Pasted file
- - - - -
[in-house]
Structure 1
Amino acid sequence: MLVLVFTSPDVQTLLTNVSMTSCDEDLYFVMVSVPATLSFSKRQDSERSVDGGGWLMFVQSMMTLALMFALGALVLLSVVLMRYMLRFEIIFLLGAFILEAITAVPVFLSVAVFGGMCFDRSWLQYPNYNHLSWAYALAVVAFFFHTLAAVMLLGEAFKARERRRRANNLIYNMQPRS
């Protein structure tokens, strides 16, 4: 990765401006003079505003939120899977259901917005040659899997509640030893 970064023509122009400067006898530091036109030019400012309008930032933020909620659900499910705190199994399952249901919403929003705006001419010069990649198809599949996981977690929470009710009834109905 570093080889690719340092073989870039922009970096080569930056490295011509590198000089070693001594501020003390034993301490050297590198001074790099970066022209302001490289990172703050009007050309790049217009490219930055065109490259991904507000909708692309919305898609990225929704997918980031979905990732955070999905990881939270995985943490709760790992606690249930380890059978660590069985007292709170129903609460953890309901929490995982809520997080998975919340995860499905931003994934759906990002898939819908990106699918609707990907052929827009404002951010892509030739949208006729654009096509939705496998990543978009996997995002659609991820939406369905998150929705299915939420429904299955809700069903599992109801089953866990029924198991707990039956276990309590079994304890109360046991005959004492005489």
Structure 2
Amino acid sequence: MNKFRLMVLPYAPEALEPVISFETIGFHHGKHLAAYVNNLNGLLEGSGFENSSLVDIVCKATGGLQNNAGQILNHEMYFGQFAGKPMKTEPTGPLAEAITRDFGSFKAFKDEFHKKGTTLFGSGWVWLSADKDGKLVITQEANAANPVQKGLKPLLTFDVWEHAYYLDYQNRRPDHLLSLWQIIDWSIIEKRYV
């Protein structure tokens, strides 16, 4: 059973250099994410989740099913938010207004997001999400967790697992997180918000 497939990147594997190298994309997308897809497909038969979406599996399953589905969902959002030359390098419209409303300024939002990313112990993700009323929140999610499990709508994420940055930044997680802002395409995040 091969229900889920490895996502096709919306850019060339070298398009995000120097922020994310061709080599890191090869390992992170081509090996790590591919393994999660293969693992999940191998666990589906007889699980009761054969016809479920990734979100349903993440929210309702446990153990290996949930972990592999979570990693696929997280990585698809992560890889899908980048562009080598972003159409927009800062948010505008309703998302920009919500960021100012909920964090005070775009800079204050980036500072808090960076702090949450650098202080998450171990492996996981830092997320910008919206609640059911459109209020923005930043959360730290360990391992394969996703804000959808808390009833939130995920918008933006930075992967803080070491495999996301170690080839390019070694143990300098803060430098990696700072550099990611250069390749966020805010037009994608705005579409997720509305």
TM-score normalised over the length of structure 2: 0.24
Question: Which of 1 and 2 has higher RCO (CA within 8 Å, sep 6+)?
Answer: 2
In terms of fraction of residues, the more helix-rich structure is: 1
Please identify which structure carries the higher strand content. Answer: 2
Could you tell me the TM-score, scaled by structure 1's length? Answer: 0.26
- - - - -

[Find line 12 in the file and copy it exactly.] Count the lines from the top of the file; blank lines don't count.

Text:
Please identify which structure carries the higher strand content. Answer: 2